South Africa, God is especially fond of you

We all like to think we’re special. The truth is, we are.

We are immeasurably special.

Yes, even you. You, you as an individual, you. You are made bearing the indelible and unique hallmark of the divine Source of all things. You were bought for Him at an unimaginable, inexpressible, uncountable cost. He’d have done it for you if you were the only one left. You are precious and deeply, personally, intimately loved in ways you can’t express or hope to understand this side of mortality.

You are special.

A pretty average book helped me understand that. Remember The Shack? A decently written novel about suffering and God. The God character whispers in the ear of the one who suffers “I am especially fond of you”. Beautiful, that. The only part of the book that stayed with me. God is especially fond of me.

What made that powerful in The Shack was that it eventually became apparent that God whispered of special fondness to each and every person. It’s utterly personal, deeply unique … and equally addressed to each and every person. That makes me deeply loved and very special – but also not that special at the same time. God performs the clever juxtaposition of boosting my self-esteem and keeping my ego in check at the same time.

The same is true for countries. Every country is special. Every country is unique. I suppose we might even be able to say that God has a special purpose for each country. Every country is different, so every country has its own purpose to perform. He chose one country through which to make that plain, but only so that each country and each person could find their own special place and purpose.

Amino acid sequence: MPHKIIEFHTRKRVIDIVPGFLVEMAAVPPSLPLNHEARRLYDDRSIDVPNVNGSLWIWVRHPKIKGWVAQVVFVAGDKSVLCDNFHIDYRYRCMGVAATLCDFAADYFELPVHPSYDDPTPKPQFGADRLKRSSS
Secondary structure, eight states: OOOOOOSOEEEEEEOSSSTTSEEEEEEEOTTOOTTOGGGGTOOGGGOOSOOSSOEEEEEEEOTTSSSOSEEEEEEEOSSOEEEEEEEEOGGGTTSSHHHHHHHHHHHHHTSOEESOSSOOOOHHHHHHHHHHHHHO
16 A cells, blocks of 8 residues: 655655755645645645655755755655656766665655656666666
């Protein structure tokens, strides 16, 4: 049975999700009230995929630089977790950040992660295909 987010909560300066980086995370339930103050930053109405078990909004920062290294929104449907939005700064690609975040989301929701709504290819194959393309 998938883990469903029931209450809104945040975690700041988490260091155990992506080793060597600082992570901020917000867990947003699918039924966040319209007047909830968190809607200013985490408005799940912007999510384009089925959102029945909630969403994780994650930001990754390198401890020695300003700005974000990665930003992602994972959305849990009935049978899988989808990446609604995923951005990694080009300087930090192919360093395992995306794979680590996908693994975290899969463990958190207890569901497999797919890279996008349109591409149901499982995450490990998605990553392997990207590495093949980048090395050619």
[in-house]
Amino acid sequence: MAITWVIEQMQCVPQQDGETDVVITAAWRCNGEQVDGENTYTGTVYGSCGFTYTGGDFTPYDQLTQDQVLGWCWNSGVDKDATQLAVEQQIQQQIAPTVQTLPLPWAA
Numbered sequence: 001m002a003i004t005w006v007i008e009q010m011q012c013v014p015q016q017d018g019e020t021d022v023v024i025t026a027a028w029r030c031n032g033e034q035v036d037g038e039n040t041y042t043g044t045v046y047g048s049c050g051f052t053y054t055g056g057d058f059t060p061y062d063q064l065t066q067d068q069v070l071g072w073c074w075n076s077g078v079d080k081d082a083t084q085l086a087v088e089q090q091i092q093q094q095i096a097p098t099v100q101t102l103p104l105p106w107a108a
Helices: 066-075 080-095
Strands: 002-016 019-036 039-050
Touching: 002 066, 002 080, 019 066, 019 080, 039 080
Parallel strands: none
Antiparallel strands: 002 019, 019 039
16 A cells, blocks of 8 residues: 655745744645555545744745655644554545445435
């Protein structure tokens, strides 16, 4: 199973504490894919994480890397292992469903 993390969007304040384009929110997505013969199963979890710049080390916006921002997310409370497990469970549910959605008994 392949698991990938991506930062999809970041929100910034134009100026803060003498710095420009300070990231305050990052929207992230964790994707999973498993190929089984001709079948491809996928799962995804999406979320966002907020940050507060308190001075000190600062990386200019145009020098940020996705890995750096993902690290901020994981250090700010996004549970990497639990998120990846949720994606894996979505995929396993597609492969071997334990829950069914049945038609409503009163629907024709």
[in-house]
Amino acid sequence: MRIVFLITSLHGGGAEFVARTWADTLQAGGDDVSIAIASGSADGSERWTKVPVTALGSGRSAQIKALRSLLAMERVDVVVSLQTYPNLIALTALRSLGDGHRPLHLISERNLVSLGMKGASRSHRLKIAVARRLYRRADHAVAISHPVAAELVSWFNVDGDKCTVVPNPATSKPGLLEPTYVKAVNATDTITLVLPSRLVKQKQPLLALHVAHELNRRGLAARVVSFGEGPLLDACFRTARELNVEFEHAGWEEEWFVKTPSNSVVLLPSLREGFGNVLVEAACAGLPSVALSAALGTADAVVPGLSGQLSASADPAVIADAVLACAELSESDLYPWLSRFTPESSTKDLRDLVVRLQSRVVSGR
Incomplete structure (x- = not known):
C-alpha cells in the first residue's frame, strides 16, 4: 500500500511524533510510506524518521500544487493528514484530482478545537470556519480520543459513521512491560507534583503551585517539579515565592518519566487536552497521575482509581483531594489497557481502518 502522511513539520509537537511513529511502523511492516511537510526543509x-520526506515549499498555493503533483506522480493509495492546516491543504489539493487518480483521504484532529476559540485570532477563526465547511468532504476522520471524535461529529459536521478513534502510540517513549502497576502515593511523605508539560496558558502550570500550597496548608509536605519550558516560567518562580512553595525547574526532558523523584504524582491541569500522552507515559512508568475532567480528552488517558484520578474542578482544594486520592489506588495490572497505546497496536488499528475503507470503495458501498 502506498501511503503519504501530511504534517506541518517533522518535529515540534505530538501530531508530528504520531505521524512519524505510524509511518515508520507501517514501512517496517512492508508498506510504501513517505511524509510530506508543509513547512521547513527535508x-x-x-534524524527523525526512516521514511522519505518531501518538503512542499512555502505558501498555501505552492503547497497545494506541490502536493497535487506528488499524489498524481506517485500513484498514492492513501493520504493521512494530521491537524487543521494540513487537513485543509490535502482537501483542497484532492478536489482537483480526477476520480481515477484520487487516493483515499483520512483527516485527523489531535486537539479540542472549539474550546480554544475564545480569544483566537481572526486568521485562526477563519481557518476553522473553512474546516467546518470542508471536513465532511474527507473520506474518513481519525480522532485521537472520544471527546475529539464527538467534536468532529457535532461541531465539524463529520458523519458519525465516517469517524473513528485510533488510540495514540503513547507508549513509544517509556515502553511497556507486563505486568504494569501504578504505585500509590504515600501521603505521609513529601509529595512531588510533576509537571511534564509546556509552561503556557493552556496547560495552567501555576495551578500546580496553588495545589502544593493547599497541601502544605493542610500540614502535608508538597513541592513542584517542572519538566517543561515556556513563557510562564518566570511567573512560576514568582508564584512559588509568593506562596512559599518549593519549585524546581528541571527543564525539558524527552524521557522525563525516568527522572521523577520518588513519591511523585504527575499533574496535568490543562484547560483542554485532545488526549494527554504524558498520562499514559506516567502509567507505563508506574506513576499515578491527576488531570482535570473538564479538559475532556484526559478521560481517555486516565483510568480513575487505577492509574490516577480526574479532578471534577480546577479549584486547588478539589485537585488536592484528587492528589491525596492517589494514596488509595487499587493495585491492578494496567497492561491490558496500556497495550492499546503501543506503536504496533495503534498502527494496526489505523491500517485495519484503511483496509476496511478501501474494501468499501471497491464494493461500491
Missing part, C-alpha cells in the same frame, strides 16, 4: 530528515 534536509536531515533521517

I’ve thought about all this a great deal recently, and it became inescapable for me when a meme started popping up in my social media feeds. South Africa – where I live and work – is experiencing a convulsion of rage and protest which will lead we know not yet where. It’s shaking a lot of people – which it should do, needs to. The meme talked of God not letting South Africa go – to which I heartily and fully say ‘Amen’. It said other things, though. Like this: “He loves you too much to let you keep the racism”. There are other things that meme says that God loves the country too much to let it fall back into.

I understand the sentiment, and it sounds Godly. It’s certainly true that God doesn’t want people or countries to be racist or to foster poverty. But the existence of those things is down to us, not Him. Keeping racism? That’s on me, not God.

God has special purposes for South Africa – just as He as special purposes for every country – but embracing those is up to the people of the country. If we get it right, it’s a reflection of His grace and good and to His glory. If we don’t, it’s on us. To suggest – even by implication – that God loves us too much to fall back into old traps  is to imply that one country is favoured over another. What about the countries where those things are happening (and let’s be honest, most of them are already happening  in South Africa anyway)? Does God love them any less because those countries are further down the rabbit hole?


God is incredibly fond of South Africa. But no more so than He is of any other country. Expressed uniquely, personally, locally to South Africa for sure; but the love is shared around to every other country also, and none are left unequally unloved. South Africa is very special to God, and is also just like every other country. He gives us the tools, the invitation, the capacity to let go of poverty and racism and corruption. But it will be for no lack of God’s love if they seem to win; that’s on us, and us alone.

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